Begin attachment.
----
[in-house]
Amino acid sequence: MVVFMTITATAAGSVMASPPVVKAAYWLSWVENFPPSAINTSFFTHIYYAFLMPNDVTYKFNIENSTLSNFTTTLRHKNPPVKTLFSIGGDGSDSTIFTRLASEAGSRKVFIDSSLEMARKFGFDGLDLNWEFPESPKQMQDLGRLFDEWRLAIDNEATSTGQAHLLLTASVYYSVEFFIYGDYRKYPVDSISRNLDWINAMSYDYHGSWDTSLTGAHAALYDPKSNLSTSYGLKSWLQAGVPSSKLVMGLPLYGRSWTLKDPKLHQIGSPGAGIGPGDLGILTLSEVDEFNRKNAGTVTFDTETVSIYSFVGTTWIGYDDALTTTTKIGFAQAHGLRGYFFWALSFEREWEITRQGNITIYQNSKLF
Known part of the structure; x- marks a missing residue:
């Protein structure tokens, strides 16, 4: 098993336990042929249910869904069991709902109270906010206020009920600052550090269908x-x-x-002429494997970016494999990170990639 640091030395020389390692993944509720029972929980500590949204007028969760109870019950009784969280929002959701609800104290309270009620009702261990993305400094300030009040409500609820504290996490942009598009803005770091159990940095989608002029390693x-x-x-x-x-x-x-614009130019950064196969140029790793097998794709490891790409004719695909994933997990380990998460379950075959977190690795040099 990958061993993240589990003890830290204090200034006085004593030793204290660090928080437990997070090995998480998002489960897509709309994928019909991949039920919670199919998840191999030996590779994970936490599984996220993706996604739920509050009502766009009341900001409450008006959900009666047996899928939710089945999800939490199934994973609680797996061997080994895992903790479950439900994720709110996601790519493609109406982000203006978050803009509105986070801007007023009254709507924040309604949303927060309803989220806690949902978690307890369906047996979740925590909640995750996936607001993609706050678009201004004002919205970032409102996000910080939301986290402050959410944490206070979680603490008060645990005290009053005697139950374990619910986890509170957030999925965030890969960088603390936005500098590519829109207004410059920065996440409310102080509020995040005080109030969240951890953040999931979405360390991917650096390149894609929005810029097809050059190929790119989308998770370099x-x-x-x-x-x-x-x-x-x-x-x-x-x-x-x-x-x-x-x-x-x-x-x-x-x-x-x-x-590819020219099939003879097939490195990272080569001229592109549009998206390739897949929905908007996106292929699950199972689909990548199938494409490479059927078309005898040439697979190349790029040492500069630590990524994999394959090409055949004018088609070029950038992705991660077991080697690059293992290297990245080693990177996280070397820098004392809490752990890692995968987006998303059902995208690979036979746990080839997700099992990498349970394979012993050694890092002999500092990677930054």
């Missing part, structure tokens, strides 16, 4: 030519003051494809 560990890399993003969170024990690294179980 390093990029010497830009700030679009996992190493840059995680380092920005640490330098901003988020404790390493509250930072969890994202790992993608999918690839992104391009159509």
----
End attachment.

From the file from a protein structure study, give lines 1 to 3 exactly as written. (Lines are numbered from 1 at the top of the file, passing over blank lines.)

[in-house]
Amino acid sequence: MVVFMTITATAAGSVMASPPVVKAAYWLSWVENFPPSAINTSFFTHIYYAFLMPNDVTYKFNIENSTLSNFTTTLRHKNPPVKTLFSIGGDGSDSTIFTRLASEAGSRKVFIDSSLEMARKFGFDGLDLNWEFPESPKQMQDLGRLFDEWRLAIDNEATSTGQAHLLLTASVYYSVEFFIYGDYRKYPVDSISRNLDWINAMSYDYHGSWDTSLTGAHAALYDPKSNLSTSYGLKSWLQAGVPSSKLVMGLPLYGRSWTLKDPKLHQIGSPGAGIGPGDLGILTLSEVDEFNRKNAGTVTFDTETVSIYSFVGTTWIGYDDALTTTTKIGFAQAHGLRGYFFWALSFEREWEITRQGNITIYQNSKLF
Known part of the structure; x- marks a missing residue: